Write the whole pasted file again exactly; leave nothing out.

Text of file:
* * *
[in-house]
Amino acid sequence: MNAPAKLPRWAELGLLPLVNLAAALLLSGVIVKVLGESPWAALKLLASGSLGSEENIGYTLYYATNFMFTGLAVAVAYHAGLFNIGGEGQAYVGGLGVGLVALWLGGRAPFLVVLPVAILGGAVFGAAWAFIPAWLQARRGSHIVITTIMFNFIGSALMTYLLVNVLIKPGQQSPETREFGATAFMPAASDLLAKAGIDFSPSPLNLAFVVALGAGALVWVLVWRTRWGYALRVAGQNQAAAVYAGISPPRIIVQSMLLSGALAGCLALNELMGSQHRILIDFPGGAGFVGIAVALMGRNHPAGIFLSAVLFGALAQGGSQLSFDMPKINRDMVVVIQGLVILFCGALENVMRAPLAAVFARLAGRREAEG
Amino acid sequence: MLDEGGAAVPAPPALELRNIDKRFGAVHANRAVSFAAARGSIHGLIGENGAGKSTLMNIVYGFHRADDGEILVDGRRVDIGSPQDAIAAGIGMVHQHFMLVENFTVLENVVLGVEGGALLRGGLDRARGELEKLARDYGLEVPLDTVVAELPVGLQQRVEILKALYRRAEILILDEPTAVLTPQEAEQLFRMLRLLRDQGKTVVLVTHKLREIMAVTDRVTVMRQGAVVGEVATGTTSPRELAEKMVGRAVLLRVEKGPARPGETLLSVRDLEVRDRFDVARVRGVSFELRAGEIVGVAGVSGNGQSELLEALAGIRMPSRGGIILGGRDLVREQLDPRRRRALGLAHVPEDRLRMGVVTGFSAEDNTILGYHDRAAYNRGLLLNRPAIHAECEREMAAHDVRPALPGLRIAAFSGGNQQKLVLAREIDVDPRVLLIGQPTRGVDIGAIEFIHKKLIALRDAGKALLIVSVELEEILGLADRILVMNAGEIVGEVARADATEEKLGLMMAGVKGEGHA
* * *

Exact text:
[in-house]
Amino acid sequence: MNAPAKLPRWAELGLLPLVNLAAALLLSGVIVKVLGESPWAALKLLASGSLGSEENIGYTLYYATNFMFTGLAVAVAYHAGLFNIGGEGQAYVGGLGVGLVALWLGGRAPFLVVLPVAILGGAVFGAAWAFIPAWLQARRGSHIVITTIMFNFIGSALMTYLLVNVLIKPGQQSPETREFGATAFMPAASDLLAKAGIDFSPSPLNLAFVVALGAGALVWVLVWRTRWGYALRVAGQNQAAAVYAGISPPRIIVQSMLLSGALAGCLALNELMGSQHRILIDFPGGAGFVGIAVALMGRNHPAGIFLSAVLFGALAQGGSQLSFDMPKINRDMVVVIQGLVILFCGALENVMRAPLAAVFARLAGRREAEG
Amino acid sequence: MLDEGGAAVPAPPALELRNIDKRFGAVHANRAVSFAAARGSIHGLIGENGAGKSTLMNIVYGFHRADDGEILVDGRRVDIGSPQDAIAAGIGMVHQHFMLVENFTVLENVVLGVEGGALLRGGLDRARGELEKLARDYGLEVPLDTVVAELPVGLQQRVEILKALYRRAEILILDEPTAVLTPQEAEQLFRMLRLLRDQGKTVVLVTHKLREIMAVTDRVTVMRQGAVVGEVATGTTSPRELAEKMVGRAVLLRVEKGPARPGETLLSVRDLEVRDRFDVARVRGVSFELRAGEIVGVAGVSGNGQSELLEALAGIRMPSRGGIILGGRDLVREQLDPRRRRALGLAHVPEDRLRMGVVTGFSAEDNTILGYHDRAAYNRGLLLNRPAIHAECEREMAAHDVRPALPGLRIAAFSGGNQQKLVLAREIDVDPRVLLIGQPTRGVDIGAIEFIHKKLIALRDAGKALLIVSVELEEILGLADRILVMNAGEIVGEVARADATEEKLGLMMAGVKGEGHA